Welcome to Lowe's
Find a Store

Prices, promotions, styles, and availability may vary. Our local stores do not honor online pricing. Prices and availability of products and services are subject to change without notice. Errors will be corrected where discovered, and Lowe's reserves the right to revoke any stated offer and to correct any errors, inaccuracies or omissions including after an order has been submitted.

Easy to Make Soap Molds

Homemade soap is good clean fun and more popular than ever. Start by building these super-simple soap molds!


Project Overview

Skill Level


Estimated Time

1 day

Estimated Cost


Tools and Materials

Rectangular Soap Mold

  • Table saw, miter saw, or a handsaw and miter box
  • Drill-driver
  • #8 countersink pilot bit (#280542)
  • Combination square
  • Tape measure
  • Sandpaper and sanding block
  • Pencil
  • Painter's tape

    Round Soap Mold

    • Sharp knife
    • Hacksaw
    • Parchment paper
    • Pitcher

      Rectangular Soap Mold

      • 1"×6"×4' poplar (#1090)
      • 1"×4"×6' poplar (#1087)
      • #8×1-1/2" flathead wood screws
      • 1-1/4" wooden knob (#59278)
      • Titebond II glue (#41218)

        Round Soap Mold

        • 3-in x 10-ft PVC pipe (#23834)
        • 3" PVC cap (#23926)

          Items may be Special Order in some stores. Product costs, availability, and item numbers may vary online or by market. Paint colors may vary slightly from those shown. Availability varies by market for lumber species and sizes.

          Missing anything? Shop Online


          Rectangular Soap Molds

          Step 1

          Trim 1" from the ends of the 1"×4" poplar board to make them square with the edges. Then cut two 21" lengths from the board and set the rest aside. If you need to use a handsaw and miter box, cut just to the waste side of the lines and use 80-grit sandpaper and a wooden block to smooth the ends to the lines you marked.

          Step 2

          Stack the two 21" pieces with the edges and one end flush, and then join them with painter's tape at each end and in the middle. Measure and cut the mold sides to length. From the remaining pieces (still taped together), cut the mold ends to length and remove the tape from all the parts.

          Good to Know

          Cutting pairs of parts from stacked lumber helps ensure the parts are equal in length.

          Step 3

          From the remaining piece of 1"×4" you set aside, cut the press board to length.

          Step 4

          Square-cut one end of the 1"×6" board. Then crosscut the base to length.

          Step 5

          Using your pencil and combination square, draw a faint line 3/8" from each end along the outside faces of both sides. Then mark the lines 1" from both edges. Those will be your marks for drilling pilot holes using a #8 countersunk pilot bit.

          Good to Know

          Clamp your part to a scrap board when drilling. This helps eliminate messy damage where the bit exits the wood.

          Step 6

          Clamp the ends between the sides and extend the existing pilot holes into the ends of the sides. Remove the clamps, add glue, and reclamp the ends and sides while you drive the screws.

          Step 7

          On the underside of the base, draw lines from end to end and 9/16" from each edge. Then drill countersunk pilot holes as you did on the sides. Clamp the assembled sides and ends to the base so they're centered along the width of the base. Then extend the pilot holes to 1-1/2" deep and remove the clamps.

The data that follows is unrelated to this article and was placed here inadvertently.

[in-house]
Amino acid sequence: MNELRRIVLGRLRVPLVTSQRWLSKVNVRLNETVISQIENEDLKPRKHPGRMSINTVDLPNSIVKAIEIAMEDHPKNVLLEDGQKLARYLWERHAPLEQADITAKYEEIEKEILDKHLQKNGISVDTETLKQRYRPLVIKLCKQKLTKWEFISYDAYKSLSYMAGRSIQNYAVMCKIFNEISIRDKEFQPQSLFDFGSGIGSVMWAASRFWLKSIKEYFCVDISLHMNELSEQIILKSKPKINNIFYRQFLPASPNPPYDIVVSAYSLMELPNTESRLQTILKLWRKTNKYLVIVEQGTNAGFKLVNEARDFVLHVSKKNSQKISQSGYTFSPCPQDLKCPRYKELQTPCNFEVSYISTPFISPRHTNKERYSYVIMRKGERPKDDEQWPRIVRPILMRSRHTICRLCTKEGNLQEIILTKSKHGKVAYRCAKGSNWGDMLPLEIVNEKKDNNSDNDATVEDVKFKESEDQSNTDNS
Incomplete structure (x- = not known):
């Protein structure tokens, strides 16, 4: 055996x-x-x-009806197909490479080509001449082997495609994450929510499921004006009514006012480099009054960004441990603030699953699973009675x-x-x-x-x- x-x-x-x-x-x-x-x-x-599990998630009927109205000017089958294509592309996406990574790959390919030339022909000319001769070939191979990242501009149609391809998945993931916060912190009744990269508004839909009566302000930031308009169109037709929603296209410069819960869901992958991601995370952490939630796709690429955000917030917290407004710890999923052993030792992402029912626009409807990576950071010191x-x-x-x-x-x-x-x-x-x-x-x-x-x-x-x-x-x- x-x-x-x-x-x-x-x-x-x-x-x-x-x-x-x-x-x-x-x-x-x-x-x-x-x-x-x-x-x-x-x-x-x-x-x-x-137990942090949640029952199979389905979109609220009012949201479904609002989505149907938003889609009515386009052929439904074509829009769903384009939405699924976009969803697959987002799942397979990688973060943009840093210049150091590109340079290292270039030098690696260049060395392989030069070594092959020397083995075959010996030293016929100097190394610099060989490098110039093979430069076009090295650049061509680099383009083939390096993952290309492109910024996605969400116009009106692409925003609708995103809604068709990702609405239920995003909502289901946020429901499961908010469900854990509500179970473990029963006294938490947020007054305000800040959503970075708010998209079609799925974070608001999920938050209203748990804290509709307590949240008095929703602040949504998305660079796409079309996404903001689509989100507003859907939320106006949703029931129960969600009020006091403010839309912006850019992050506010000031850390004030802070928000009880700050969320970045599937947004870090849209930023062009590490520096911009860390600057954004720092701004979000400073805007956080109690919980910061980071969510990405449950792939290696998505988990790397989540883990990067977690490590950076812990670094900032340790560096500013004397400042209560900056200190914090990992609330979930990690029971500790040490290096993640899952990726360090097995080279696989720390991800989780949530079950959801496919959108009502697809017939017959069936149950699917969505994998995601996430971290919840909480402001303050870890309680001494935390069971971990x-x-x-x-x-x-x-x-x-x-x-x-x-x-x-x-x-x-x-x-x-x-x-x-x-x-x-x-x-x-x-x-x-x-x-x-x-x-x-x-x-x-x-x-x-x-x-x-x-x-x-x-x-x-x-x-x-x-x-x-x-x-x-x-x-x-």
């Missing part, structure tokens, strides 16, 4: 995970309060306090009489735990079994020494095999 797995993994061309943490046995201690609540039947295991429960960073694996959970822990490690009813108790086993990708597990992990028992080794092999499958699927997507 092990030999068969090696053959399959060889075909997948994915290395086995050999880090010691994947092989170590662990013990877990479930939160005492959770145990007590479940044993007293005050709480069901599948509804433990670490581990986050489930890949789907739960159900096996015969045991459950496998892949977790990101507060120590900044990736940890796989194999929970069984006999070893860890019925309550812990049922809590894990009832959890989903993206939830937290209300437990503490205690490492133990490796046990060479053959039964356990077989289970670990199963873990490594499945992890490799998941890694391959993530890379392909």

Step 8

          Apply glue to the edges of the sides and ends, and clamp them to the base while you drive the screws.

          Step 9

          Drill a countersunk hole centered in the press board for the wooden knob. Attach the knob with the screw flush with the surface of the underside.

          Good to Know

          Here's a quick way to find the center of a rectangle without measuring. Draw light diagonal lines connecting the corners. The intersection of the two lines is the center.

          Step 10


          Lightly sand all the parts to eliminate sharp edges and corners. As an option, you can give the press a water-based finish such as Minwax Polycrylic. If you do, apply two to three coats and sand lightly between coats. Your finished wooden mold makes about a dozen 1" rectangular bars of soap.

          Round Soap Mold

          Step 1

          Use a handsaw to cut a 1-foot-long piece from the 10-foot-long PVC pipe. Clean any rough ends or edges with a file or sandpaper.

          Step 2

          Place a cap on one end of the 1'-long PVC pipe and line the inside with parchment paper. To keep the pipe upright and steady while pouring the melted base, we put paper towels in the bottom of a pitcher and set the pipe inside the pitcher.

          Step 3

          Carefully pour the melted soap inside the parchment paper lining. Let dry overnight.

          Step 4

          Use a sharp knife to cut the soap. Makes roughly a dozen 1" bars.

          Good to Know

          For the soap itself, you can either make it the old-fashioned way -- from scratch using essential oils, and natural ingredients from your garden -- or opt for simple melt-and-pour bases available online. Choose from a variety of bases (glycerine, goat's milk, aloe vera, or shea butter) and personalize with oils, fragrances, herbs, and natural exfoliants (oatmeal, crushed seeds, or fine sand). We used about 5 pounds of base to fill our mold. Cut the soap base into small chunks and place in a bowl. Microwave 1 minute or until most of the chunks have melted. Stir in ingredients, and then pour in your mold.

          Give it a Wrap

          Step 1

          To help preserve soap or give as gifts, wrap your bars in cheesecloth (#125871) or brown masking paper (#111790) and tie the ends with twine (#66510). Download the free patterns above and use them as labels.